Updated May 18, 2018

Utilities, Tesla sue Trump over fuel standards rollback

President Donald Trump. Photo: Nicholas Kamm/AFP/Getty Images. Tesla car charger. Photo: Chesnot/Getty Images

Companies looking to profit off electric cars are suing President Trump for proposing to roll back fuel-efficiency regulations.

Driving the news: A strange bedfellows group formed last year by utilities and Tesla filed suit in the D.C. Circuit earlier this month against the Environmental Protection Agency's move to roll back fuel-efficiency standards. The lawsuit adds to a separate suit filed by California with more than a dozen other states and another filed by several environmental groups.

The bottom line: Rising fuel-efficiency standards would increase demand for electric cars, which would spur electricity demand, a top priority for utilities that are facing largely stagnant electricity demand from buildings. Critics call this rent-seeking. Industry calls it smart business in Washington.

Gritty details: The coalition, called the National Coalition for Advanced Transportation, is made up of 16 entities, mostly utilities (seven of them either Exelon or Exelon subsidiaries) and other companies with a financial stake in growing demand for electric cars, including Tesla.

  • A spokesman for the group says they have reached out to more than two dozen other companies, including American Electric Power, Southern Company and Duke Energy, about joining.

What they're saying: Bob Wyman, a lawyer at Latham & Watkins in Los Angeles who speaks on behalf of the group, said the companies support more flexible standards in response to automaker concerns.

  • Yes, but: A freeze in the current standards, as the administration is considering, would sap investments in new technologies and put the U.S. behind in leadership on this issue, Wyman said.

The big picture: The very existence of this coalition reflects the scrambled industry alliances forming in response to President Trump’s unconventional administration — and his unprecedented rollback of regulations. I covered this dynamic in my latest Harder Line column published earlier this week.

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Making sense of the UN's climate conference coronavirus delay

Illustration: Sarah Grillo/Axios

The scuttling of November's pivotal UN climate conference is the starkest sign yet of how coronavirus is throwing a wrench into efforts to combat global warming. But like the wider relationship between the coronavirus and climate initiatives, the ramifications are ... complicated.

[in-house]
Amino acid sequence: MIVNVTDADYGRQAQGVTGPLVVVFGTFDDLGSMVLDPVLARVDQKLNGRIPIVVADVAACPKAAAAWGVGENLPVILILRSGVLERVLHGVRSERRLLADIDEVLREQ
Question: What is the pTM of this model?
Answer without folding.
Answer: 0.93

Driving the news: UN officials announced Wednesday that the annual summit to be held in Glasgow, Scotland, is postponed until some unknown time next year.

Coronavirus dashboard

Illustration: Aïda Amer/Axios

  1. Global: Total confirmed cases as of 9 a.m. ET: 952,171 — Total deaths: 48,320 — Total recoveries: 202,541Map.
  2. U.S.: Total confirmed cases as of 9 a.m. ET: 216,722 — Total deaths: 5,137 — Total recoveries: 8,672Map.
  3. Stimulus updates: Social Security recipients won't need to file a tax return to receive their checks.
  4. Jobs update: 6.6 million people filed for unemployment last week, a staggering number that eclipses the record set on March 26.
  5. Health updates: The Trump administration won't reopen enrollment for ACA marketplaces this year.
  6. National updates: The Grand Canyon closed after a resident tested positive for coronavirus.
  7. World update: Israeli Prime Minister Benjamin Netanyahu re-entered self-quarantine after his health minister tested positive for coronavirus.
  8. What should I do? Answers about the virus from Axios expertsWhat to know about social distancingQ&A: Minimizing your coronavirus risk.
  9. Other resources: CDC on how to avoid the virus, what to do if you get it.

Subscribe to Mike Allen's Axios AM to follow our coronavirus coverage each morning from your inbox.

The weirdest NBA draft ever

Table: Axios Visuals

The 2020 NBA draft was already shaping up to be the weirdest draft in years, and now that the coronavirus pandemic has disrupted the sports world, it could be the weirdest draft ever.

Why it matters: While most drafts have a clear hierarchy by the time April rolls around, this draft does not. There's no reliable No. 1 pick, almost every top-10 prospect has a glaring weakness and the global sports hiatus has shrouded the whole class in mystery.

Go deeperArrow43 mins ago - Sports